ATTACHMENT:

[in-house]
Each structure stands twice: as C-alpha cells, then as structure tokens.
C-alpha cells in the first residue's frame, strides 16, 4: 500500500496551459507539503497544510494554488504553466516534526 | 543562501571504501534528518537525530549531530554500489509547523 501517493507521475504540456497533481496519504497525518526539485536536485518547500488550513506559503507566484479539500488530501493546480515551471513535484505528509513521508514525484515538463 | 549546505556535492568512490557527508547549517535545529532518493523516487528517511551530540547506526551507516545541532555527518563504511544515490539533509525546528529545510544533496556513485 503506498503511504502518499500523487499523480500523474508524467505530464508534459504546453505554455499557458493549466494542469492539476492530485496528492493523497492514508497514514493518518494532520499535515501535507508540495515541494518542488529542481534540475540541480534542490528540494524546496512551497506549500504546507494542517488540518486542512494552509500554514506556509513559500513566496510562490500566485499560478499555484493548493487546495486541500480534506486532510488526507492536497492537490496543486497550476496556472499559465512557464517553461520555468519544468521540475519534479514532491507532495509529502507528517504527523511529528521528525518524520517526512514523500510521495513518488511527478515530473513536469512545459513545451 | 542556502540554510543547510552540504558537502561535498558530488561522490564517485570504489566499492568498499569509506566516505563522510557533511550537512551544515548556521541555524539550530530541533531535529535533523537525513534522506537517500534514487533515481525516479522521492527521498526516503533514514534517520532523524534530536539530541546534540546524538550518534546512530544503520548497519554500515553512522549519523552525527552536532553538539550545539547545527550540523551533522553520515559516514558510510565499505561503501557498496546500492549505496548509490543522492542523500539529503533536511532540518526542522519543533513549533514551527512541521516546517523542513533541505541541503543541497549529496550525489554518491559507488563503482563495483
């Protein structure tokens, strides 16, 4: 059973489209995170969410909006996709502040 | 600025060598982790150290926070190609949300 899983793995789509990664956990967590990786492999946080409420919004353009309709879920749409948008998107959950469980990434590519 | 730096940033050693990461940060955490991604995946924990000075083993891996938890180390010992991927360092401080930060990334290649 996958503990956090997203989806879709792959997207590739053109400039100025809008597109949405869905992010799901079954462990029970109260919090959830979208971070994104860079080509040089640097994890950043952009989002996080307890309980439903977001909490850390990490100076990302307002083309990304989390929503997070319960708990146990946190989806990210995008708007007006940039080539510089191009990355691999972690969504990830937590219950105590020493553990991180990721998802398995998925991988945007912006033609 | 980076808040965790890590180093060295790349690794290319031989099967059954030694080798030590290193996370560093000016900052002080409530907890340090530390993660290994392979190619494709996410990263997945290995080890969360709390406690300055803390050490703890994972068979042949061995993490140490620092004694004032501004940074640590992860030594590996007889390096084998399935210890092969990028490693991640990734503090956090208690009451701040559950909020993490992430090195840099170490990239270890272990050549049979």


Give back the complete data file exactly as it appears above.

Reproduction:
[in-house]
Each structure stands twice: as C-alpha cells, then as structure tokens.
C-alpha cells in the first residue's frame, strides 16, 4: 500500500496551459507539503497544510494554488504553466516534526 | 543562501571504501534528518537525530549531530554500489509547523 501517493507521475504540456497533481496519504497525518526539485536536485518547500488550513506559503507566484479539500488530501493546480515551471513535484505528509513521508514525484515538463 | 549546505556535492568512490557527508547549517535545529532518493523516487528517511551530540547506526551507516545541532555527518563504511544515490539533509525546528529545510544533496556513485 503506498503511504502518499500523487499523480500523474508524467505530464508534459504546453505554455499557458493549466494542469492539476492530485496528492493523497492514508497514514493518518494532520499535515501535507508540495515541494518542488529542481534540475540541480534542490528540494524546496512551497506549500504546507494542517488540518486542512494552509500554514506556509513559500513566496510562490500566485499560478499555484493548493487546495486541500480534506486532510488526507492536497492537490496543486497550476496556472499559465512557464517553461520555468519544468521540475519534479514532491507532495509529502507528517504527523511529528521528525518524520517526512514523500510521495513518488511527478515530473513536469512545459513545451 | 542556502540554510543547510552540504558537502561535498558530488561522490564517485570504489566499492568498499569509506566516505563522510557533511550537512551544515548556521541555524539550530530541533531535529535533523537525513534522506537517500534514487533515481525516479522521492527521498526516503533514514534517520532523524534530536539530541546534540546524538550518534546512530544503520548497519554500515553512522549519523552525527552536532553538539550545539547545527550540523551533522553520515559516514558510510565499505561503501557498496546500492549505496548509490543522492542523500539529503533536511532540518526542522519543533513549533514551527512541521516546517523542513533541505541541503543541497549529496550525489554518491559507488563503482563495483
């Protein structure tokens, strides 16, 4: 059973489209995170969410909006996709502040 | 600025060598982790150290926070190609949300 899983793995789509990664956990967590990786492999946080409420919004353009309709879920749409948008998107959950469980990434590519 | 730096940033050693990461940060955490991604995946924990000075083993891996938890180390010992991927360092401080930060990334290649 996958503990956090997203989806879709792959997207590739053109400039100025809008597109949405869905992010799901079954462990029970109260919090959830979208971070994104860079080509040089640097994890950043952009989002996080307890309980439903977001909490850390990490100076990302307002083309990304989390929503997070319960708990146990946190989806990210995008708007007006940039080539510089191009990355691999972690969504990830937590219950105590020493553990991180990721998802398995998925991988945007912006033609 | 980076808040965790890590180093060295790349690794290319031989099967059954030694080798030590290193996370560093000016900052002080409530907890340090530390993660290994392979190619494709996410990263997945290995080890969360709390406690300055803390050490703890994972068979042949061995993490140490620092004694004032501004940074640590992860030594590996007889390096084998399935210890092969990028490693991640990734503090956090208690009451701040559950909020993490992430090195840099170490990239270890272990050549049979």